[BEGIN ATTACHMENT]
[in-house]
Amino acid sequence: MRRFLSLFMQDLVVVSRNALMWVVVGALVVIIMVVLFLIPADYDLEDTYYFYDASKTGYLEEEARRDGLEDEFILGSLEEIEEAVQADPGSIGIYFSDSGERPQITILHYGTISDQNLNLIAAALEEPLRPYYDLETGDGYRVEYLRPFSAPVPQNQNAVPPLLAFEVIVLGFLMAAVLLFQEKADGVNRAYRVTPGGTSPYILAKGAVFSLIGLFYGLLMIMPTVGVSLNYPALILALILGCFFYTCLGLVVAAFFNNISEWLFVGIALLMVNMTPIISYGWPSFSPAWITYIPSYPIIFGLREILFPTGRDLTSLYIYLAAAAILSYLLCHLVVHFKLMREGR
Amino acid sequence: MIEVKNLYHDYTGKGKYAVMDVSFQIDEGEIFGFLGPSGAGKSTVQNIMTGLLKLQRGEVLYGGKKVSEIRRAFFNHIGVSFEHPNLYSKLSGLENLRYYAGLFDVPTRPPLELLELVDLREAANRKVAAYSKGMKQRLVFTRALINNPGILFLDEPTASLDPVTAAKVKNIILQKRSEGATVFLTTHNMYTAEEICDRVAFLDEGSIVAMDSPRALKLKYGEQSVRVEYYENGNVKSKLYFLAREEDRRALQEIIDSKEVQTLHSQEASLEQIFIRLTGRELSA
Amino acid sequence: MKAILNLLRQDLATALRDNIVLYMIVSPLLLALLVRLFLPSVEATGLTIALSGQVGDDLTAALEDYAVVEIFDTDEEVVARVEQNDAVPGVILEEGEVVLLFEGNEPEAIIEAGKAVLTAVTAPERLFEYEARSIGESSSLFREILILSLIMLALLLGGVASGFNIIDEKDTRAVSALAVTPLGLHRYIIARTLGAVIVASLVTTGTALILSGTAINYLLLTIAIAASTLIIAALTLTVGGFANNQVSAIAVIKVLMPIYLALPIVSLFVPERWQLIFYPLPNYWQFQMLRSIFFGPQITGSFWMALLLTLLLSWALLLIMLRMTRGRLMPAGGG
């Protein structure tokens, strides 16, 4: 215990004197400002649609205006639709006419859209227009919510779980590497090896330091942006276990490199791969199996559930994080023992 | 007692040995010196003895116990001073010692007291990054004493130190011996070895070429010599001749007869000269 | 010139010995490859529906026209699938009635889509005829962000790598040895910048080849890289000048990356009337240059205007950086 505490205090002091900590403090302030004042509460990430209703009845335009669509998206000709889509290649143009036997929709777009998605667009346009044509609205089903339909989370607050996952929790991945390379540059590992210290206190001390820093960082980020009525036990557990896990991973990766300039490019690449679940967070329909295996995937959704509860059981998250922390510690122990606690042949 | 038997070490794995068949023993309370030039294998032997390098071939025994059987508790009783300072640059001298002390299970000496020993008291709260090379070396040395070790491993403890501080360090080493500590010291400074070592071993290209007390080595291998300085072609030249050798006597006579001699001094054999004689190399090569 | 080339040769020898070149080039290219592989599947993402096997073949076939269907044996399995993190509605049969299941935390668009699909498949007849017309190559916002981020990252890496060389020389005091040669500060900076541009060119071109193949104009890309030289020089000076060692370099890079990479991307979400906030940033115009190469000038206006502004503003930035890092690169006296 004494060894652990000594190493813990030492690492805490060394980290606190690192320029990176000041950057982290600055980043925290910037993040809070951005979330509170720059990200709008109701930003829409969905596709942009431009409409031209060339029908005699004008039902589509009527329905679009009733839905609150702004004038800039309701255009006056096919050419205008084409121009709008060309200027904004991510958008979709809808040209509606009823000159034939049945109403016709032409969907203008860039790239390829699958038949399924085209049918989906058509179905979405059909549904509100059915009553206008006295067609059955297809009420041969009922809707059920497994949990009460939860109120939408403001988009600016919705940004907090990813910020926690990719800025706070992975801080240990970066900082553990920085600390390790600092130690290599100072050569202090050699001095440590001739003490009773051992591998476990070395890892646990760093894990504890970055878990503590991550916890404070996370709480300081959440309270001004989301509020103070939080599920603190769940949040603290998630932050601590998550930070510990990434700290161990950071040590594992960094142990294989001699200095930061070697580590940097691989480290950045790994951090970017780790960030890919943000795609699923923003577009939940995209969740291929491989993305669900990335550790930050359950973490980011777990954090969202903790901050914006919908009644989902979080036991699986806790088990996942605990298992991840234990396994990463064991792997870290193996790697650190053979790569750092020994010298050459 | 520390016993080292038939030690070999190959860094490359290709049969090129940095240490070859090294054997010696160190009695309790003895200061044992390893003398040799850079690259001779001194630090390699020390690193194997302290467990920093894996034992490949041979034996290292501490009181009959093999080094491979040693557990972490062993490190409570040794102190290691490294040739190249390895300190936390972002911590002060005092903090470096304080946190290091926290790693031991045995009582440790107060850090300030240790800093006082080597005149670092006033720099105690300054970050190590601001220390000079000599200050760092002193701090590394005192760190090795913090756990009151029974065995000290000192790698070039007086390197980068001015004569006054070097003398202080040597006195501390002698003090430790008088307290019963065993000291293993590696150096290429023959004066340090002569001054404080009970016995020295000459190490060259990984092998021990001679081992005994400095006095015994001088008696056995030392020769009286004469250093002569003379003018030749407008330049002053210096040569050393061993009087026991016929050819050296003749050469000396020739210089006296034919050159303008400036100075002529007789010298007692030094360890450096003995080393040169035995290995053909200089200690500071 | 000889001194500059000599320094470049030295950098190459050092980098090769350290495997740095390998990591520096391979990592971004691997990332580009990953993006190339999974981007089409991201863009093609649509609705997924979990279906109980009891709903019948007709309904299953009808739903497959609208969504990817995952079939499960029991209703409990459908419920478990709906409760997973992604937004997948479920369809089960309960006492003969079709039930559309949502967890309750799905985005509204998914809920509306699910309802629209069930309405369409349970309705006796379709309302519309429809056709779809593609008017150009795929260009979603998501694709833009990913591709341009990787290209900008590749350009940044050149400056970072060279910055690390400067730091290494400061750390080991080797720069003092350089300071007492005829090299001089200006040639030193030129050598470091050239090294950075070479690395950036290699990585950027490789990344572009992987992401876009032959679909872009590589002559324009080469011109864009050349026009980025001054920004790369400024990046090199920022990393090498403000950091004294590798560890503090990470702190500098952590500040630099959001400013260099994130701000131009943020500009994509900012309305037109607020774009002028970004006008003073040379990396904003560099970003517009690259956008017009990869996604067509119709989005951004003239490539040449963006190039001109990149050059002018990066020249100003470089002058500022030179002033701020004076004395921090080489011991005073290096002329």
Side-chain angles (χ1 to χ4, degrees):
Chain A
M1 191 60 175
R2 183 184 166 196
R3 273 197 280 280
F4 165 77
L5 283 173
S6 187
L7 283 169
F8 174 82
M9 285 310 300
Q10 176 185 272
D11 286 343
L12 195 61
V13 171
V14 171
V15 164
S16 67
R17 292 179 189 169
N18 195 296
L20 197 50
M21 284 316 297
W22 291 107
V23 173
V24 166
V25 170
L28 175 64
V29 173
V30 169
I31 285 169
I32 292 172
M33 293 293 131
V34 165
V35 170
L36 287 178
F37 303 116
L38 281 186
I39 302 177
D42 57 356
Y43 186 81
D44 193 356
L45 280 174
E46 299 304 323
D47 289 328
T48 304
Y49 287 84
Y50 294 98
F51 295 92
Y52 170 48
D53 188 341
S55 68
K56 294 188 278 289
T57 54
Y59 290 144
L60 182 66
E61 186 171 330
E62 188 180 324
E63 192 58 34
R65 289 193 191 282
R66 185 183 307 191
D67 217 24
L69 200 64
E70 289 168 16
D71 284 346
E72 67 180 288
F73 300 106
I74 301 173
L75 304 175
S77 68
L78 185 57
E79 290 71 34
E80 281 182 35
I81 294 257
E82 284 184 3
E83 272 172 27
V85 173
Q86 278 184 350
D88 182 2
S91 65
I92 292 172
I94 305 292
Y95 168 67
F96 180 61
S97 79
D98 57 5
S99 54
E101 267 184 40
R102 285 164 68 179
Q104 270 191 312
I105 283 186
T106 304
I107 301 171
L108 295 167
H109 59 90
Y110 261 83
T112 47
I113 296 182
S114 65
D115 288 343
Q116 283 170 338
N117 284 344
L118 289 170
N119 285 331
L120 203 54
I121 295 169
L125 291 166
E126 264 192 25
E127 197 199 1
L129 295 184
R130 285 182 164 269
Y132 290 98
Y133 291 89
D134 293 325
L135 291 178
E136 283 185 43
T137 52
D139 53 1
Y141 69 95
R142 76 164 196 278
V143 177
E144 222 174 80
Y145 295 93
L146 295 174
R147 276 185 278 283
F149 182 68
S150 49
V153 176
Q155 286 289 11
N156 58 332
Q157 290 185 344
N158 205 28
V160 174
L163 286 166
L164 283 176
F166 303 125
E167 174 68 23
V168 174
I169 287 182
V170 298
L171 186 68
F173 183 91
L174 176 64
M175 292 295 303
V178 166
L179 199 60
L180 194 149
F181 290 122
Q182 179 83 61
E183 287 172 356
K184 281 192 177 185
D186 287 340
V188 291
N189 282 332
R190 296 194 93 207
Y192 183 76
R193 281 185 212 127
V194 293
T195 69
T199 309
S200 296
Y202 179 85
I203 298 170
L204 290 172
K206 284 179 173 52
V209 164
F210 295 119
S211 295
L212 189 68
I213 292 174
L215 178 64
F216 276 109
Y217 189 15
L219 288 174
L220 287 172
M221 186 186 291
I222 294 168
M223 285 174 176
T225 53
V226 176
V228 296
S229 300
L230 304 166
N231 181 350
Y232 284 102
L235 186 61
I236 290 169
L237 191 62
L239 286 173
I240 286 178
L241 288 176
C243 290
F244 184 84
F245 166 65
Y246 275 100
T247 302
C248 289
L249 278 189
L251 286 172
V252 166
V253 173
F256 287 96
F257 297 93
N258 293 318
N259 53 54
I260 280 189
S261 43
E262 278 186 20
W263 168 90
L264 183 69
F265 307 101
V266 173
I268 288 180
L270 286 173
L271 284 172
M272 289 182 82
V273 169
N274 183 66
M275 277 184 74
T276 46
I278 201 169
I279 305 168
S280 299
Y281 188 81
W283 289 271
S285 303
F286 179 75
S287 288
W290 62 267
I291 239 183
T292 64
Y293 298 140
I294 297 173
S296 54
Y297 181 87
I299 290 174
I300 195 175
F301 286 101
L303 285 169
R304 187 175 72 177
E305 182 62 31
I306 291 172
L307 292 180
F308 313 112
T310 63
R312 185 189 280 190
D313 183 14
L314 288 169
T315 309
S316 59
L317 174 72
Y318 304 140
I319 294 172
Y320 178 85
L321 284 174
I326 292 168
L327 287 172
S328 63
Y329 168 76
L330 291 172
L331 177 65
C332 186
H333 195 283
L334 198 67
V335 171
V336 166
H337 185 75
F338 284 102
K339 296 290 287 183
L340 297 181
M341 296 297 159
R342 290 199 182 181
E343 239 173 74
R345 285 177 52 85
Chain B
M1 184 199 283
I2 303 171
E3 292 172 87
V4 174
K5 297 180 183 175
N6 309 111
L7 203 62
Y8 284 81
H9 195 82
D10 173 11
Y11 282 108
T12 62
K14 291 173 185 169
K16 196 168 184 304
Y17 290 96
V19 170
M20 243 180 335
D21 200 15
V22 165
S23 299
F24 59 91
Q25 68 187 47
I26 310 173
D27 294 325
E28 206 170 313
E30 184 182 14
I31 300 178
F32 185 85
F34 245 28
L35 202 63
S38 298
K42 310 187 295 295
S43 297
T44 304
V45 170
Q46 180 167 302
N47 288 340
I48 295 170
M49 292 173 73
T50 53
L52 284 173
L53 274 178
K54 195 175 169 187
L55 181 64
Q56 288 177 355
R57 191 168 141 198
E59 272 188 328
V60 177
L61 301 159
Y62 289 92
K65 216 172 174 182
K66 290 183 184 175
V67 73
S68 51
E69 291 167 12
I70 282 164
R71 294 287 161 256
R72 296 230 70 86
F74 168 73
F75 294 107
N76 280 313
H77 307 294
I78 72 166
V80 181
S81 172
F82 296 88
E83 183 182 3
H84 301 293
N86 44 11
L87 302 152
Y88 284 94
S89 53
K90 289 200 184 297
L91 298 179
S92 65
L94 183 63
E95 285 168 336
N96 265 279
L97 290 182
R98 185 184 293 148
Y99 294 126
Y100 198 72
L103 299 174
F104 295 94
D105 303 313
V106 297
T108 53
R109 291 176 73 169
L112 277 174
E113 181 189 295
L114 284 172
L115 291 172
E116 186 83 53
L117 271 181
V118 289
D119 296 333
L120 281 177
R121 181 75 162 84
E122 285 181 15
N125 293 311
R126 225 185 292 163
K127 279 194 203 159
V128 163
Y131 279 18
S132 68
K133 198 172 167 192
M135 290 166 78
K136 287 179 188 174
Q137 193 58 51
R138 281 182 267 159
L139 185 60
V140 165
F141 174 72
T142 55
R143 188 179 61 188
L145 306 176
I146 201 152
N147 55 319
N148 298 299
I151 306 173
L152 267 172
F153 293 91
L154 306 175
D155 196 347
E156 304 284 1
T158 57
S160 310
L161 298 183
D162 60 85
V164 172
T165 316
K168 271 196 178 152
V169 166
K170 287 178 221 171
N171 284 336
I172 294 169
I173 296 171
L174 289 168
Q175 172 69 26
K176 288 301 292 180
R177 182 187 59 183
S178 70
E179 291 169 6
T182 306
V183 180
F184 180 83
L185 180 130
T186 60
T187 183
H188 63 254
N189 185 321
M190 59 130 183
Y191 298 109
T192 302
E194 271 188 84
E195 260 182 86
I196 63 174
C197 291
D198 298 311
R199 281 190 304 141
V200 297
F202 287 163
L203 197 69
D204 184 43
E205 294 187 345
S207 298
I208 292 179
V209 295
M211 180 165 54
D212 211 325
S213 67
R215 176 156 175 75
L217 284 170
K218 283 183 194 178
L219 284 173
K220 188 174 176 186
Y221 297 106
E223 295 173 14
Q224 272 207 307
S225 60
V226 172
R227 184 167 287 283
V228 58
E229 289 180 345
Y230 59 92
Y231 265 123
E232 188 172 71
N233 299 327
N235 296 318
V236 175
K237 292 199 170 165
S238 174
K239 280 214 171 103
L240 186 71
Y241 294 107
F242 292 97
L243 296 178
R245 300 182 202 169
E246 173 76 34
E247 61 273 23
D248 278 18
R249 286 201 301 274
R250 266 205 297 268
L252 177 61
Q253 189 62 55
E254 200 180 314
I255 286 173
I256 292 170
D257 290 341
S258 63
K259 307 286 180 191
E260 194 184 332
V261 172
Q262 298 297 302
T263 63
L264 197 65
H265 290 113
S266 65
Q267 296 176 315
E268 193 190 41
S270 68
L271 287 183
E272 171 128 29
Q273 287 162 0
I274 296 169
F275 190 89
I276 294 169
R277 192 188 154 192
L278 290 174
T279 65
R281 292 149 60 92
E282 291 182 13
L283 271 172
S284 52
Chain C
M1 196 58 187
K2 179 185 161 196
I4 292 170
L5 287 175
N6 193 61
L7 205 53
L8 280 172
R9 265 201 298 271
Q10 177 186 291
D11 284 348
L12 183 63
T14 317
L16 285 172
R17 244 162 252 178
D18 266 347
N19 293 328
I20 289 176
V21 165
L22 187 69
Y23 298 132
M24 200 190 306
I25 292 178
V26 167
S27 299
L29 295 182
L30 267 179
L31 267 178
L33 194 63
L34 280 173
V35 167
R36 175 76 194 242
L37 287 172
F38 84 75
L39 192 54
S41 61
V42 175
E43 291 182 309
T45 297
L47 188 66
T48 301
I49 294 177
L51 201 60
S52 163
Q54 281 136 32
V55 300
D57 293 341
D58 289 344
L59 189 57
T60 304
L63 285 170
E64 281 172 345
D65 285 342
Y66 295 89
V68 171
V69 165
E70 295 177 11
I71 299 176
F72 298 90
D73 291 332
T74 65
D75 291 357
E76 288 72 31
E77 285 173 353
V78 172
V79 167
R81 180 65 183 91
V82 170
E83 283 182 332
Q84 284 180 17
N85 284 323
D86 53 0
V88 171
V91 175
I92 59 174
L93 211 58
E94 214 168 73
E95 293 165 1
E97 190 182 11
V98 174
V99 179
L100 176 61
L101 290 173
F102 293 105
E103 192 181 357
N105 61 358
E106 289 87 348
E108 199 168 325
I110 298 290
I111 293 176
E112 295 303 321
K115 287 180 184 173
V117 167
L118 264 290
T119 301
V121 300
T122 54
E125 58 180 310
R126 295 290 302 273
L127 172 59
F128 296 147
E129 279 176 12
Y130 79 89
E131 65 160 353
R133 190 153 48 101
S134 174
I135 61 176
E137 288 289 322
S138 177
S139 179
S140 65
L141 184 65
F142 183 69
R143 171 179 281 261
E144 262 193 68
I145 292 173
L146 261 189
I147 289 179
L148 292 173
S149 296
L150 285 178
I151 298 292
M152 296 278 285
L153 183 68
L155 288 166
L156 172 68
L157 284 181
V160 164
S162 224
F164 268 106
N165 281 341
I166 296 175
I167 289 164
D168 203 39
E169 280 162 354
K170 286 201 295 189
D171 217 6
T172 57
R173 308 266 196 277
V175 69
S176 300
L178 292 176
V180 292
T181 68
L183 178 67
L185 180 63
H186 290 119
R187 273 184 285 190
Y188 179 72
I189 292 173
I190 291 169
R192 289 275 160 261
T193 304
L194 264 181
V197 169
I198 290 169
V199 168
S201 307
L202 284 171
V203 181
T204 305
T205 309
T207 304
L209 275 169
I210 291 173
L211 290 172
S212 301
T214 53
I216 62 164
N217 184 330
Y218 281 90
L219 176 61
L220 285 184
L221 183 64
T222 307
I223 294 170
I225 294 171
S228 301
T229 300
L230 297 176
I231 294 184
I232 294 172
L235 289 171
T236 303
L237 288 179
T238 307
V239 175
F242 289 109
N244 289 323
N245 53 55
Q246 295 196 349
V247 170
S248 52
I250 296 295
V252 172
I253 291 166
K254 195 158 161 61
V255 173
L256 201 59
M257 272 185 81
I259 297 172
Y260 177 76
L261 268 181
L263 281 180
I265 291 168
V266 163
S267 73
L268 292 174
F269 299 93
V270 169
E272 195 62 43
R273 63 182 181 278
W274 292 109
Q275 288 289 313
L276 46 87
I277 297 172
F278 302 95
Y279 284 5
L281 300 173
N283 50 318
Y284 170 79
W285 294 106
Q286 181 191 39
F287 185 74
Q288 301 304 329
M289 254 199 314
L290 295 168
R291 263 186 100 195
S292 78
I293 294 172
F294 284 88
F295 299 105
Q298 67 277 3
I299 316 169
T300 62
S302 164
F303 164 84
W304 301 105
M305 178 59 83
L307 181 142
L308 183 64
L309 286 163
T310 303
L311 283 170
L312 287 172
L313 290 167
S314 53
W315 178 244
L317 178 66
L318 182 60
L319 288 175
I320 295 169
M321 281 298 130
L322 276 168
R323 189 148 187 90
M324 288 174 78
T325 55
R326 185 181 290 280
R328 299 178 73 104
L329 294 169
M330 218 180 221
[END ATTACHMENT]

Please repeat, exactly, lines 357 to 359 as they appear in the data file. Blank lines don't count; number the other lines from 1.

N96 265 279
L97 290 182
R98 185 184 293 148